Other People’s Money


As Google’s share of the search business approaches 70%, Microsoft is left needing a bold move to remain relevant.

While Live Search is a good product, Cashback will not save them from the Google monster.

Let’s look at the problem that they are trying to solve. Or rather, let’s look at what Microsoft is trying to achieve in the search business. Ultimately, Microsoft is trying to become the ad platform of choice. Being the search engine of choice would be nice too, but it is not their primary goal.

So if Microsoft wants to be the ad platform of choice, what do they need to do?

Well, first they need to become the number one choice for contextual advertising distribution. This should be the primary goal. Moving up in search engine popularity should be a secondary goal. If Microsoft marshalled their resources towards dominating contextual advertising, search popularity would follow as a byproduct. Why?

Well, if you run a blog or some other kind of site, and Microsoft is sending you a check every month, are you not at least a little more likely to use Microsoft Live Search as your default search engine?

What then happens if Microsoft offers to add cashback from personal Live Search behavior to contextual advertising syndication payment accounts?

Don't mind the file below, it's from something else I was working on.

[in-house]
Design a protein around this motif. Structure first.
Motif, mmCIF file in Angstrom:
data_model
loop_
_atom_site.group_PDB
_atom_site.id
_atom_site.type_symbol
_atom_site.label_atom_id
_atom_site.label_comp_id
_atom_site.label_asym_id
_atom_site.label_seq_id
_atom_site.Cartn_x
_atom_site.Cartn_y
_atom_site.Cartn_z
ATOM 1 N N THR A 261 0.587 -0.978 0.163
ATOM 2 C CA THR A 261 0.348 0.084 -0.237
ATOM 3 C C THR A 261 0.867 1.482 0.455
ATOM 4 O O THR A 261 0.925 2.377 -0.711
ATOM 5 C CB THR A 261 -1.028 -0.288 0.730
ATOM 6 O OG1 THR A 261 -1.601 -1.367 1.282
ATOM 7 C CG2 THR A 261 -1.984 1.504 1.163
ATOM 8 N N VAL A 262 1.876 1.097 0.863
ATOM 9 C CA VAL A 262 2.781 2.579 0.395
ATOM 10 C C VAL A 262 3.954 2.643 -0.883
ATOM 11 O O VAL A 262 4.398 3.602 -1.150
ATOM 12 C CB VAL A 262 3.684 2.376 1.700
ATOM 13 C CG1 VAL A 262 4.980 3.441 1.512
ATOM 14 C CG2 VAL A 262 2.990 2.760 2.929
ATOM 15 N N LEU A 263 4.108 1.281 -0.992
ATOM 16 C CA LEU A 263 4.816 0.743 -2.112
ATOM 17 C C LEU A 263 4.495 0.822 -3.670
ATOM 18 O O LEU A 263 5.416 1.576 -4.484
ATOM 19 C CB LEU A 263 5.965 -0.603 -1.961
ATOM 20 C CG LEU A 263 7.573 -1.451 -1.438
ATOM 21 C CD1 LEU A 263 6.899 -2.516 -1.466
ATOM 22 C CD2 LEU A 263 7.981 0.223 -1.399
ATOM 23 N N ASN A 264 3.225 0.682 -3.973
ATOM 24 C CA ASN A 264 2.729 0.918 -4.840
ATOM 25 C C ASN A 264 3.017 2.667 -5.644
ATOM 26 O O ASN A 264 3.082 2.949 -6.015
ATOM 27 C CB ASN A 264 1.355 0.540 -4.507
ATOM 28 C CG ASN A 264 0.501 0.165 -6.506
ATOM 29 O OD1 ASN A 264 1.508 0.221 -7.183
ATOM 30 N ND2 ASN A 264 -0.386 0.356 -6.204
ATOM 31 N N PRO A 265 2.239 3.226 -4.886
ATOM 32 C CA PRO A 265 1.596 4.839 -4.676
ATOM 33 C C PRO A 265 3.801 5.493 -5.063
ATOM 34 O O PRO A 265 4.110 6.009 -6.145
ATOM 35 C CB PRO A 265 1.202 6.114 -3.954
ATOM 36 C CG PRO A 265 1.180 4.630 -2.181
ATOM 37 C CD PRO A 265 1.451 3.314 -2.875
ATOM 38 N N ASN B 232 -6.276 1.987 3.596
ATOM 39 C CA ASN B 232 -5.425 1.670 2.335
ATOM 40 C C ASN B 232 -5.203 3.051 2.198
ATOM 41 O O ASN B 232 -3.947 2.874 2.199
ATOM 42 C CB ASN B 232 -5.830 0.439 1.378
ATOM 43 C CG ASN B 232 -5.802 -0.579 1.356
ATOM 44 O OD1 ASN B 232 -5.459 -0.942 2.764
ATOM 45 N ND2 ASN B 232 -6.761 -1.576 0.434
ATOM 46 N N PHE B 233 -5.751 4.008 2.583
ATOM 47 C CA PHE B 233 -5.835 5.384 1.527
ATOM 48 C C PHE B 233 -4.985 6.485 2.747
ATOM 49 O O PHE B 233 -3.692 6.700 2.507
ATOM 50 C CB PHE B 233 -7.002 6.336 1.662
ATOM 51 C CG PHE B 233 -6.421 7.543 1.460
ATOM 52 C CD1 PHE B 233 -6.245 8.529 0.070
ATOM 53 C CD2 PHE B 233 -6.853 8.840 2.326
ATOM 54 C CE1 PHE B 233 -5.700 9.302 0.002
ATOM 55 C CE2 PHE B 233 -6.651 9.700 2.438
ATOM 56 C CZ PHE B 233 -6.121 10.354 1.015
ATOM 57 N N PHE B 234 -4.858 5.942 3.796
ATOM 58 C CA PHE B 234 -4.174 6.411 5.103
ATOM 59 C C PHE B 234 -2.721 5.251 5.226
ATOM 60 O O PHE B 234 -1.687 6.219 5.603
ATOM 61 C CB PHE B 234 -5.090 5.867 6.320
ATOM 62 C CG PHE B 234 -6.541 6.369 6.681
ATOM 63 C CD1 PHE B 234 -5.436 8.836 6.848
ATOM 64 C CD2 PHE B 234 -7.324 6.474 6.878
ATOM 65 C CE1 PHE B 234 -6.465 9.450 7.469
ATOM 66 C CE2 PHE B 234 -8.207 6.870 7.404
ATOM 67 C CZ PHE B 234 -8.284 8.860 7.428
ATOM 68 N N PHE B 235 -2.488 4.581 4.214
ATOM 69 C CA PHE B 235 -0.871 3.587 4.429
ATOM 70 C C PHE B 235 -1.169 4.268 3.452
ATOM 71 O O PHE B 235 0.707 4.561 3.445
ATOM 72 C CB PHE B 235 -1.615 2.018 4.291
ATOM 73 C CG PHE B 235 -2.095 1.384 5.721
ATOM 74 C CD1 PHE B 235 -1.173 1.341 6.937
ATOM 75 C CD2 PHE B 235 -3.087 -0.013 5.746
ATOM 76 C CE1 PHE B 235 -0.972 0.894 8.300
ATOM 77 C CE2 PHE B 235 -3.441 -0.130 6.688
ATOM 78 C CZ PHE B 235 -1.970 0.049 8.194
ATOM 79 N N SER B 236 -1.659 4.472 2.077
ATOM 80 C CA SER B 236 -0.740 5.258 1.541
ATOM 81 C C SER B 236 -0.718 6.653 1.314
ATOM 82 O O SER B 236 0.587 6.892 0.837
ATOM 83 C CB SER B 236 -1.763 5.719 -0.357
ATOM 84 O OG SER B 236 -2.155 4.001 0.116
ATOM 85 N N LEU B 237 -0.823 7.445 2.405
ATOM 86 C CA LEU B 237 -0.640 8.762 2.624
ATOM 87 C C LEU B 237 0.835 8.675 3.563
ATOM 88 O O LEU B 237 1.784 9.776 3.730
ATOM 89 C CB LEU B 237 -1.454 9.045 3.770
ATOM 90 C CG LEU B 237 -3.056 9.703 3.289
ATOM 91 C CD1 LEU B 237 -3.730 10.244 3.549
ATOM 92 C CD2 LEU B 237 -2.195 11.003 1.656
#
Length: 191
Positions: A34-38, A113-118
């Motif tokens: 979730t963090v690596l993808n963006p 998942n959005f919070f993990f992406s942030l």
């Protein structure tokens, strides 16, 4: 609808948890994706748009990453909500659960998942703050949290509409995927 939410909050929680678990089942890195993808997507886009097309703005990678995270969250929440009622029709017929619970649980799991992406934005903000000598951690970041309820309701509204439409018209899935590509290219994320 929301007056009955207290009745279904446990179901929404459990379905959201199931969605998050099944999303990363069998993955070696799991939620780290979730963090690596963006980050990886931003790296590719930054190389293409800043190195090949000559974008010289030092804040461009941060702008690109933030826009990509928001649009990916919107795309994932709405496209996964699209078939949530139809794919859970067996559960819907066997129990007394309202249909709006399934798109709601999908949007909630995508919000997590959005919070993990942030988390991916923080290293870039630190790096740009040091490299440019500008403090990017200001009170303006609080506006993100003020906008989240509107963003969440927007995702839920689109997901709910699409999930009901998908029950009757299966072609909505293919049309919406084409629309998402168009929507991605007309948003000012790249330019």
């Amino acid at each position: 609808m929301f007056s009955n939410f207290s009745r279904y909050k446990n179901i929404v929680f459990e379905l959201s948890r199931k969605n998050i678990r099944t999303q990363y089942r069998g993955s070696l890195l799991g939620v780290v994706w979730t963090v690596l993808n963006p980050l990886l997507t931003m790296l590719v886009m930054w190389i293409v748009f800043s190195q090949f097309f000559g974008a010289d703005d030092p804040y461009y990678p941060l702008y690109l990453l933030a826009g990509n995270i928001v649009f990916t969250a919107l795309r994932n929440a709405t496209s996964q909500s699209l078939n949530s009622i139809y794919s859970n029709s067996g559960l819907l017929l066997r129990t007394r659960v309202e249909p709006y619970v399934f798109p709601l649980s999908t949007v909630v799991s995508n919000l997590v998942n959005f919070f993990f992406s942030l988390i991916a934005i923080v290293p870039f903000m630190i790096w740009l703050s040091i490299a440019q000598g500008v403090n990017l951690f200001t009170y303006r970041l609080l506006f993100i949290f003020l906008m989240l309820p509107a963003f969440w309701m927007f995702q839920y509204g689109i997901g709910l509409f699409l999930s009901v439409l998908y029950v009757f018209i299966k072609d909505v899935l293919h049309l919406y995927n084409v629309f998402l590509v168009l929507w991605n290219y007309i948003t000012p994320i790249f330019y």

What then happens if Microsoft partners with Amazon or NewEgg to offer discounts on Microsoft merchandise to contextual advertising distributors through a gift certificate conversion scheme?

Finally, what then happens if Microsoft tries to help solve the content creation challenge that millions of small site operators face?

It costs money to create content for your site. What if Microsoft offered site owners relevant ad-supported content for their site for free (possibly focusing on key verticals)?

Mmmm…. It’s starting to add up…

More content on site… More visitors…

Would that be a bad thing? Wouldn’t everyone win?

So, what are you waiting for Microsoft?

Your opportunity is here, your opportunity is now…

What do you think?

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Braden Kelley

Braden Kelley is a Director of Innovation and Human-Centered Problem-Solving at Oracle, a popular innovation speaker and workshop leader, helps companies build innovation cultures and infrastructures, and plan organizational changes that are more human and less overwhelming. He is the author of Charting Change from Palgrave Macmillan and Stoking Your Innovation Bonfire from John Wiley & Sons. Braden has been advising companies since 1996, while living and working in England, Germany, and the United States. Braden earned his MBA from top-rated London Business School. Follow him on Twitter and Linkedin.

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